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at today's close. Potential nice return assuming the deal closes in the next 12 months or (probably) less.
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And assuming no bump in the offer price. I think some small increase is likely.

I've bought some April 20, 2013 options at a $4 strike. When the next round of options (June or July?) opens up, I'll buy those at the same strike if I can. I figure if the deal blows up, I can at least exercise some of the calls at a good buy-in price. But given the players in the deal, all of whom are serious players and have substantial contacts and resources, I have no doubt this deal will go through.

The timing is tricky, but I believe they are trying to make earnings look low to support their low-ball buyout offer, and they can only do that so long without getting caught. Their strategy works best if the deal concludes before their next audit, which will start in early February. It would be ideal for them if they never have to file an annual report again. So while these deals often take a year, this one could be quicker.
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When the next round of options (June or July?) opens up ...

kidchicago2,

FYI, the July options open up on Monday.

as always, i am full of carp

... also looking for some cheap ones, now just holding a pair of old Jan 4.50 calls ...
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It's been pretty crazy.

In my mind the possibilities are:

1) someone with a big stake needs to liquidate their YONG holdings as the funds are urgently needed for another use and can't wait to see how the deal finalizes. Potentially some kind of tax strategy too before new rates kick in next year?
2) (conspiracy theory alert) Someone connected to the deal wants the price to be low so it encourages the special committee to accept the offer
3) (conspiracy theory alert part deux) someone has insider info about a problem/hiccup with the deal

Although I thought I swore off YONG options long ago, the price action these past few days has really perked me up. In addition to the Jan '12 $6 gamble I described in yesterday's post, I've also snatched up some April '12 $4 and $5 calls as well now.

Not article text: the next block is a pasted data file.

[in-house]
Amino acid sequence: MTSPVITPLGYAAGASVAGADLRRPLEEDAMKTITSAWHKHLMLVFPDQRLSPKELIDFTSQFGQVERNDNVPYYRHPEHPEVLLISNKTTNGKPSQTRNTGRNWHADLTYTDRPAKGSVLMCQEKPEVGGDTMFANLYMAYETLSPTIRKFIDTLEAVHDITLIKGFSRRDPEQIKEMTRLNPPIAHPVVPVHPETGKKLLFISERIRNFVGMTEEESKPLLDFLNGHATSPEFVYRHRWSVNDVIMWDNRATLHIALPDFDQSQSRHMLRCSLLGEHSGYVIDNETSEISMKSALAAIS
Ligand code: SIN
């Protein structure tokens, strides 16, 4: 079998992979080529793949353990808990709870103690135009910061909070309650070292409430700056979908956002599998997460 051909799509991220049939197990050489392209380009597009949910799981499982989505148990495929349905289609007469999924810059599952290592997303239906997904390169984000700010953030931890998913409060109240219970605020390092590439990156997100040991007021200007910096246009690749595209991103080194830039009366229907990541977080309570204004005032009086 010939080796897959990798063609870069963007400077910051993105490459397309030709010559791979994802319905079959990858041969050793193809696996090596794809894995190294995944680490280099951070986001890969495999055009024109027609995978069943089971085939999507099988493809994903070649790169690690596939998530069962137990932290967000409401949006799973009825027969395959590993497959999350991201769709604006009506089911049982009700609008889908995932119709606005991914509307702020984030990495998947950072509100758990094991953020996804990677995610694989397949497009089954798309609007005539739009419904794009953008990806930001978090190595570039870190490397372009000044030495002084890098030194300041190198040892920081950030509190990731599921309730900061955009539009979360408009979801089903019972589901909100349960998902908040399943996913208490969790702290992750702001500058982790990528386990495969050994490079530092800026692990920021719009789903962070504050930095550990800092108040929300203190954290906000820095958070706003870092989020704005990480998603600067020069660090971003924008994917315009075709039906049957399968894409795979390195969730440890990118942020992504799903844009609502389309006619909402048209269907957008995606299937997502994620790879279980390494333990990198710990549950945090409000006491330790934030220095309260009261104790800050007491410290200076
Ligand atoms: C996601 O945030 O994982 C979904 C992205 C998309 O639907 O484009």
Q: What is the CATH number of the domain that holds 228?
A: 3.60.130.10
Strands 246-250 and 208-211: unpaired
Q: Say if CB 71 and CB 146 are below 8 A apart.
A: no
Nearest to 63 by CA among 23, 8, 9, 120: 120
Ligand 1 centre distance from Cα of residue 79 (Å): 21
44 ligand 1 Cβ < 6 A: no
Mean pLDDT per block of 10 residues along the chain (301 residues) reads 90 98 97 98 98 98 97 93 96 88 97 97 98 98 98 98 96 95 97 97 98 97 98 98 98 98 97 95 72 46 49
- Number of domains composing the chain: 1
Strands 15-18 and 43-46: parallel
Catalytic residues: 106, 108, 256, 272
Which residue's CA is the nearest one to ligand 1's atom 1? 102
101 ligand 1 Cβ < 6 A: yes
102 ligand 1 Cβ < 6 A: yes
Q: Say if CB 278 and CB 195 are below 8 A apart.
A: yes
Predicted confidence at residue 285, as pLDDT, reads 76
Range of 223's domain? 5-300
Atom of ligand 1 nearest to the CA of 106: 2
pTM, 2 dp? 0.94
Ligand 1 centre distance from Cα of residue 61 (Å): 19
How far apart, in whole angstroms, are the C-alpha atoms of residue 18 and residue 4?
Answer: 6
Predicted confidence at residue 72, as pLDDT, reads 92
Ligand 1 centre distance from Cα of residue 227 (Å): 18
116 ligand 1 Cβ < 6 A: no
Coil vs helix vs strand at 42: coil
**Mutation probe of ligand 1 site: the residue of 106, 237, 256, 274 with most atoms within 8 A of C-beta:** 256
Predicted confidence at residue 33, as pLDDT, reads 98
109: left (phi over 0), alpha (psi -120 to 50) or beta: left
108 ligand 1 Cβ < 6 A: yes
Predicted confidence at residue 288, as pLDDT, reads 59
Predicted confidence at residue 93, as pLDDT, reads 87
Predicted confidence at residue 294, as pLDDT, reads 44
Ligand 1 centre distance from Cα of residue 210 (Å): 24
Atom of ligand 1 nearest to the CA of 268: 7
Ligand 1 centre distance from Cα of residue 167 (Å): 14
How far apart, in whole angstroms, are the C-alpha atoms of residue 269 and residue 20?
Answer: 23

The $4 Aprils going for $1.10 means that I could more than double my money in a few months IF the deal closes or comes close to closing in the next six months. The $5 ones at 55 cents would have me tripling my money in a few months. I couldn't resist. Even if the deal doesn't close but an offer is accepted at $6.60, you profit nicely. A higher offer price would really create some spectacular quick profits.

Of course nothing is guaranteed. The deal could drag on or it could not be accepted, in which case you would be much better off with long shares than call options.
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Kid, I'm with you today on the April 4s and just bought some today. I think there is a strong likelihood that we will get a pretty good pop after the Special Committee approves the go-private offer. As the stock goes down, they will have more justification to accept the offer. Also it leaves the door open to arbitragers who could buy in around this price just for the quick 35% gain. They may vote yes on the buyout if they just want the arbitrage.

This stock dip is pretty typical in the RTO go-private deals. The stock pops after the announcement and then lingers for a while, slowly drifting down. Then once the Special Committee accepts the offer, the stock moves closer to the go-private offer. CMM had a pop, but WWIN’s was a little more gradual. See http://boards.fool.com/i-talked-a-little-bit-about-cmm-but-h...
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1) someone with a big stake needs to liquidate their YONG holdings as the funds are urgently needed for another use and can't wait to see how the deal finalizes. Potentially some kind of tax strategy too before new rates kick in next year?
2) (conspiracy theory alert) Someone connected to the deal wants the price to be low so it encourages the special committee to accept the offer
3) (conspiracy theory alert part deux) someone has insider info about a problem/hiccup with the deal


a fourth option I should have thought of is that someone with a large short position wanted to walk the price down so that they could cover a bit more of their position before any offer gets accepted.
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